Beri is a typical monastic complex with a main building containing assembly space and chapels, surrounded by residential buildings and a kitchen contained within a boundary wall (lcags ri). The main building has four different floor levels, and is built with rammed earth walls around a timber frame. It consists of two distinct parts, a 16-pillar Maitreya chapel (byams khang) and a 24-pillar assembly hall (‘du khang) with a skylight. There is also a small protector chapel (mgon khang) on the ground floor. The upper floors contain a library, more chapels, sitting rooms and a kitchen.

THF Involvement

THF was invited to visit Beri in 2000 to look at the condition of the main building, especially at the rooms containing historic wall-paintings. A site inspection revealed that the building suffered from extensive settlement of the timber frame, wall cracks and water infiltration, caused by leaking roofs and lack of drainage. Wall-paintings belonging to different restoration periods (18th-20th century) showed extensive cracks, and in some parts they were flaking off the walls. Subsequently the local authorities, the monastic community and THF agreed on a cooperation project in order to restore the building. In partnership with the Cultural Relics Tourism Department and the Department for Religious Affairs the project began in late 2001.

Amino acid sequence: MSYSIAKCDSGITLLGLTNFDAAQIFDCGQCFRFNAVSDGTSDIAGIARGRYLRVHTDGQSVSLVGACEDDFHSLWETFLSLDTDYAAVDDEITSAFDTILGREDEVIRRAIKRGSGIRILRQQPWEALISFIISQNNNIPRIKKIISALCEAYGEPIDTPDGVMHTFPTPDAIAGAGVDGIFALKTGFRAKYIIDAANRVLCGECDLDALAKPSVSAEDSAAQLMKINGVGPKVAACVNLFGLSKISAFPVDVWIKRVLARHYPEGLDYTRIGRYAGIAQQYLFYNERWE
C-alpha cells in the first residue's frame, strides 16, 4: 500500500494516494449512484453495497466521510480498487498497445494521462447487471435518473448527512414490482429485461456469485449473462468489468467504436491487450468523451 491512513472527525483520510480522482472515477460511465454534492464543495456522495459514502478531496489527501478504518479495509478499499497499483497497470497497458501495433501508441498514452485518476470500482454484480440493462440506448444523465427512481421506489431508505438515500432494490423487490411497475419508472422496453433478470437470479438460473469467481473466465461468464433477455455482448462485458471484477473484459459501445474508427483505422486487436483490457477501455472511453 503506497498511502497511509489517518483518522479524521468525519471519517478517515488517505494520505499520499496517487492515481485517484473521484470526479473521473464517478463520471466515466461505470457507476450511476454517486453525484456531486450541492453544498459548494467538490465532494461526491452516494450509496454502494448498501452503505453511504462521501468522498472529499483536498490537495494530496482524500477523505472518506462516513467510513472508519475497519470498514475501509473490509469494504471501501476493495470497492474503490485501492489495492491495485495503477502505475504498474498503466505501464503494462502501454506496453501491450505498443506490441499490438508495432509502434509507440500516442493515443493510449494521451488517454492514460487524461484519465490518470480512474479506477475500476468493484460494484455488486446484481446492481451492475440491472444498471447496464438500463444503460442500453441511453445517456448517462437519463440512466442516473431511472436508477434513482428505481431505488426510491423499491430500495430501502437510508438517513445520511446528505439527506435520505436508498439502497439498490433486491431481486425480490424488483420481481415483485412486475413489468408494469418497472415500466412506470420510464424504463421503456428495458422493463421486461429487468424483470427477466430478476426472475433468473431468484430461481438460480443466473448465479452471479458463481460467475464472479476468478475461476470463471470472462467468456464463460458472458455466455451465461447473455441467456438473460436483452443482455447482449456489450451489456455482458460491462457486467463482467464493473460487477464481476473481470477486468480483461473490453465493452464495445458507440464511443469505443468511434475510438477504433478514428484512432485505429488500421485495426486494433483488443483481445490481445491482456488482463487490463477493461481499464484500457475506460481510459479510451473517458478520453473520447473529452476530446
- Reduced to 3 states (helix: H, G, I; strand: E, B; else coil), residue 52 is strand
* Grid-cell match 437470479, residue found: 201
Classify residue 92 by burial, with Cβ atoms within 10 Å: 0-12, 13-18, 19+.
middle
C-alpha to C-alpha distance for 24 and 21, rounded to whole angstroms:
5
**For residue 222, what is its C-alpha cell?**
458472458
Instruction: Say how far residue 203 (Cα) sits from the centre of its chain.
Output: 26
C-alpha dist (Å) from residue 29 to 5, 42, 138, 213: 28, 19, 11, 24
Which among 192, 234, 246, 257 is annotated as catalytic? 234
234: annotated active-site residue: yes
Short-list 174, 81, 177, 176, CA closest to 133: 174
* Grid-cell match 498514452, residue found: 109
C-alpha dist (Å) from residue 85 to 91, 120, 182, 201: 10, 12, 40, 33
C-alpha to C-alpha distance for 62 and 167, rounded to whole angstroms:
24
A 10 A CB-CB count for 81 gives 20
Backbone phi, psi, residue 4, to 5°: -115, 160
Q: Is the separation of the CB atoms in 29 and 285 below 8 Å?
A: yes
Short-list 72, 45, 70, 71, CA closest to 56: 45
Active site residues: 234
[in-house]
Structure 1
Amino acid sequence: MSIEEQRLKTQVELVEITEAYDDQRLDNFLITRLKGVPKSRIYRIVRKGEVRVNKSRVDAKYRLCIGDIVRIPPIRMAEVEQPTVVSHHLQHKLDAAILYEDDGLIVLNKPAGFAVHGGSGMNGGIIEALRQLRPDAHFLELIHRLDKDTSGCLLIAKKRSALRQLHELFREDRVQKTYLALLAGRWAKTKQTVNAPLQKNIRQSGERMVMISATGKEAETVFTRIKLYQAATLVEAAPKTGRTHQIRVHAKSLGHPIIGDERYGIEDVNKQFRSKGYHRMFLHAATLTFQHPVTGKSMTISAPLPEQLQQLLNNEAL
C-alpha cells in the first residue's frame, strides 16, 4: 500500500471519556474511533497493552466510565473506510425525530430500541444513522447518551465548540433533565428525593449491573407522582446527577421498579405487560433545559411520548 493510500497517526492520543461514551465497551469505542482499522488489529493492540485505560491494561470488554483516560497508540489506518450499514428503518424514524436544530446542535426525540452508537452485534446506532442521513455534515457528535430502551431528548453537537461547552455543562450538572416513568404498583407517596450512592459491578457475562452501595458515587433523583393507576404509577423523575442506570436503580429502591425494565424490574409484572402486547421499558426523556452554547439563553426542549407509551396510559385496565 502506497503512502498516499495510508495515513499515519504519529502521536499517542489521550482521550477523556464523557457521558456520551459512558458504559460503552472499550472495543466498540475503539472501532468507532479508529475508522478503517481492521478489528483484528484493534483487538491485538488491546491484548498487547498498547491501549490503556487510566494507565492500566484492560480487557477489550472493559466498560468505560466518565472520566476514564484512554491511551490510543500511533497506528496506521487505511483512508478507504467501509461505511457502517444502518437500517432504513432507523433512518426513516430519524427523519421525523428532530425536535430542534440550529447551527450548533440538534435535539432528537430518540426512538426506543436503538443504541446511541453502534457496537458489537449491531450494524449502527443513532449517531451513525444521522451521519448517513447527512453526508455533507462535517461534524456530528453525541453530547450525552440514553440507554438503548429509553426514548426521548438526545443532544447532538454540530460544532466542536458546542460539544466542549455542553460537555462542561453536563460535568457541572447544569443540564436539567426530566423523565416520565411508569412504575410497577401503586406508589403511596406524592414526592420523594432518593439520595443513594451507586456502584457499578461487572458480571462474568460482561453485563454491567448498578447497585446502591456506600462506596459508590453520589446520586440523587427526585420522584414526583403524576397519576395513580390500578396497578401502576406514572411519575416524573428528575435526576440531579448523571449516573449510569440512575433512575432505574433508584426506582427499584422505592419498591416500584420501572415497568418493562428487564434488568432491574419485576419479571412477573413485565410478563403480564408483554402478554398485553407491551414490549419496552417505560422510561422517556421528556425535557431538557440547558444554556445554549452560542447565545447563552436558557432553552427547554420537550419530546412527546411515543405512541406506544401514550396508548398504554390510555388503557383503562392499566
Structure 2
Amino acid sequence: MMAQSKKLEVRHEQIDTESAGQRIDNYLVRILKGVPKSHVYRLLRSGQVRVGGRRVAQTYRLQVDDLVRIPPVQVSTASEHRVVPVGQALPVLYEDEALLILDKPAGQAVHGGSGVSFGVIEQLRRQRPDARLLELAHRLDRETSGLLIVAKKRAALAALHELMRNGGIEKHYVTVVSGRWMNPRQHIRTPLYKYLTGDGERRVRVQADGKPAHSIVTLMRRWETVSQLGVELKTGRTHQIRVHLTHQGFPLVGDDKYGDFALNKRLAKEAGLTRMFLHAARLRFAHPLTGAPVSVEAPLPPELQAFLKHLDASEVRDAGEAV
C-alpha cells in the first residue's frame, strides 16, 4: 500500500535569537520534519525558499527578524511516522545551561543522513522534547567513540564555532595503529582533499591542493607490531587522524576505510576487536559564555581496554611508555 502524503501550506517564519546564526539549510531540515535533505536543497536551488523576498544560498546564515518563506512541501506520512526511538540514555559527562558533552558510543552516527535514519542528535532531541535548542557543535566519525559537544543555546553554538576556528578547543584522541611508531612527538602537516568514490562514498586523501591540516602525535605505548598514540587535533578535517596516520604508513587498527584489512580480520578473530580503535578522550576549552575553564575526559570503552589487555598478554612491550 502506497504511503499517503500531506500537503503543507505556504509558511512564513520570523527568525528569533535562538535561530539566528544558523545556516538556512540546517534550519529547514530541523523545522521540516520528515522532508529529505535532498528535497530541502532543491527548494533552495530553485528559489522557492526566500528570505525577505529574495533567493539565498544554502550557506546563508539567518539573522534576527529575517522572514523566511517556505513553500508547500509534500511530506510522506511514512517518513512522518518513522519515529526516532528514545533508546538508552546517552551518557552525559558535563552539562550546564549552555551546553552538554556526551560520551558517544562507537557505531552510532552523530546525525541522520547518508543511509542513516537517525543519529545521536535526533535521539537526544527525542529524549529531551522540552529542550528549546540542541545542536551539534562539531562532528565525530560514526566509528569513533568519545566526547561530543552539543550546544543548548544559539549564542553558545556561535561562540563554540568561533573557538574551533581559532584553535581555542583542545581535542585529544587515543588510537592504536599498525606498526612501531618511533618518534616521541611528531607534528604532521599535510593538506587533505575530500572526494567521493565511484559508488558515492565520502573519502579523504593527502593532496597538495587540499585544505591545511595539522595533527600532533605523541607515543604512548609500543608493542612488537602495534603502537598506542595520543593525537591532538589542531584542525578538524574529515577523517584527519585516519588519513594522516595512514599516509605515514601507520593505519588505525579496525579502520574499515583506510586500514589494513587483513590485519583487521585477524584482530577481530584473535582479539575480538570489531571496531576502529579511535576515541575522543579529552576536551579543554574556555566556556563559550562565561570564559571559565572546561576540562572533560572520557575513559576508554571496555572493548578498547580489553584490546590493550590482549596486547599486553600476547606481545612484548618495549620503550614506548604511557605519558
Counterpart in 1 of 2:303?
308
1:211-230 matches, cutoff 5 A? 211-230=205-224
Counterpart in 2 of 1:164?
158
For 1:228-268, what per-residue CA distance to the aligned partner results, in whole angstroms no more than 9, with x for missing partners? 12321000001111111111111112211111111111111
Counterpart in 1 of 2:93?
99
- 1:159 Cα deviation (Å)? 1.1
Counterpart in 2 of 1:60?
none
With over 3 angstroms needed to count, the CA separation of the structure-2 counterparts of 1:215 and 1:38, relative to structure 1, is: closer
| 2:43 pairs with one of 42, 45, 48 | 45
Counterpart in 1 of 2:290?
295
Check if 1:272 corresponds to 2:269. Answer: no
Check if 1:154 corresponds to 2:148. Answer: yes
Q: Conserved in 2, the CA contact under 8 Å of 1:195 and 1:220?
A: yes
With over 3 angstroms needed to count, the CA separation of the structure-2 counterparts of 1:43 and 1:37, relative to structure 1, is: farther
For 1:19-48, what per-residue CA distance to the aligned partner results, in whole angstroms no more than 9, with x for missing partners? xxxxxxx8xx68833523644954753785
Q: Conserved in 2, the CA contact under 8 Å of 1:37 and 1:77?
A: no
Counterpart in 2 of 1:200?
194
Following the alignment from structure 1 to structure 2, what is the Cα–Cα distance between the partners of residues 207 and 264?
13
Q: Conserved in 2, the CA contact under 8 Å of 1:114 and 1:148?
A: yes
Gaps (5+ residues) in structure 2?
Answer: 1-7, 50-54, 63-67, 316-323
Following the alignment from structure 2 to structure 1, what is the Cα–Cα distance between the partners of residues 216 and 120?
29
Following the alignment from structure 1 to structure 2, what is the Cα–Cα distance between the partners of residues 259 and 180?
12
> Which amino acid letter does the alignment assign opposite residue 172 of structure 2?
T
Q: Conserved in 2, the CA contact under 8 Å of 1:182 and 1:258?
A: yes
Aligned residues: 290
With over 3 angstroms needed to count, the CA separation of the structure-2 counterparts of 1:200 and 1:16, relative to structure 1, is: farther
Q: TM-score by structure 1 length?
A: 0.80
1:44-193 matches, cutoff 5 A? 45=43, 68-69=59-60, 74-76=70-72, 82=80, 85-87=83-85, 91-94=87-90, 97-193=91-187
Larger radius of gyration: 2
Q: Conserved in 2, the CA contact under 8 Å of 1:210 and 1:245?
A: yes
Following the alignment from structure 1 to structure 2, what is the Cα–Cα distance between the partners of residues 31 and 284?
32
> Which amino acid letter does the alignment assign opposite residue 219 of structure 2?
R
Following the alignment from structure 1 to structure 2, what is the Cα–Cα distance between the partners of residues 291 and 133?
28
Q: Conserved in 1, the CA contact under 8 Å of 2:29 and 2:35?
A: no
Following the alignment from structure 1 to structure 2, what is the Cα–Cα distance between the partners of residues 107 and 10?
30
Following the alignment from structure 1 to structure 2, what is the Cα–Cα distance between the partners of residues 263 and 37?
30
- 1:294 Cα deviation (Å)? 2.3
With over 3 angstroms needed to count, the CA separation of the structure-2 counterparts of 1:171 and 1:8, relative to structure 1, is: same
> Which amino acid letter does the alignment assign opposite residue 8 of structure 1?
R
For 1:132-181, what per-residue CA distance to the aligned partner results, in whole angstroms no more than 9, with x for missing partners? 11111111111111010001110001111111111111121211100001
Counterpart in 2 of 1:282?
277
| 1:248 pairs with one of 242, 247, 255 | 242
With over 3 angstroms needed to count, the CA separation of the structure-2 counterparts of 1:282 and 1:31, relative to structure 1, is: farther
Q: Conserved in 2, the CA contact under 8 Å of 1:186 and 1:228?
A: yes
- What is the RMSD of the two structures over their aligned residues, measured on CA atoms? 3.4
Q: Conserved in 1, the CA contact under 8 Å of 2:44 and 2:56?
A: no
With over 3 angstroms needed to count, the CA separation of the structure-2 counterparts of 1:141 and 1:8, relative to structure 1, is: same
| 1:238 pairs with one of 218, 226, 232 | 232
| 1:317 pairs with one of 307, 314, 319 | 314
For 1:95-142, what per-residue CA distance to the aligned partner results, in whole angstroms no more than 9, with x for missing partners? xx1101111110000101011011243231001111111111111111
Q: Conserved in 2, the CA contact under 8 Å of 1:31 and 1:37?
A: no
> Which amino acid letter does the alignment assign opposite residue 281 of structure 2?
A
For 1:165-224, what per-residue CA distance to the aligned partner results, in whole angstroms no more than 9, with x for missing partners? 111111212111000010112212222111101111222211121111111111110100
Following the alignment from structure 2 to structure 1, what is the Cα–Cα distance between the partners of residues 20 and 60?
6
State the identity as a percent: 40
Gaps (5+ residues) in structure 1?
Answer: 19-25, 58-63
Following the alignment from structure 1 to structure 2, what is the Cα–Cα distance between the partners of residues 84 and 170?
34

Beri Roof Construction Sept 02The project aims

- Restoring the 17th century Beri monastery to protect its important wall paintings and architectural details

- Revival of traditional building skills

- Skill training to enhance economic competitiveness of local villagers

- Strengthening of women’s roles by especially training women and having women run and organize important project aspects

Description of the work

In late 2003, the main work was completed. The upper two floor sections were particularly damaged and had to be partly re-constructed. The rammed earth walls and the ground floor timber structure and wall-paintings have been successfully retained. Due to the lack of locally available traditional building skills, THF trained 90 villagers who did the actual rehabilitation work. They were supervised by experts from the Lhasa old city project, both masters and graduates of the previous vocational training project, which now has gone into next generation.

The project received financial contributions from MISEREOR, Cultural Heritage without Borders and Trace Foundation. This was the single largest historic structure (four stories) that THF has worked on so far.

Beri new roof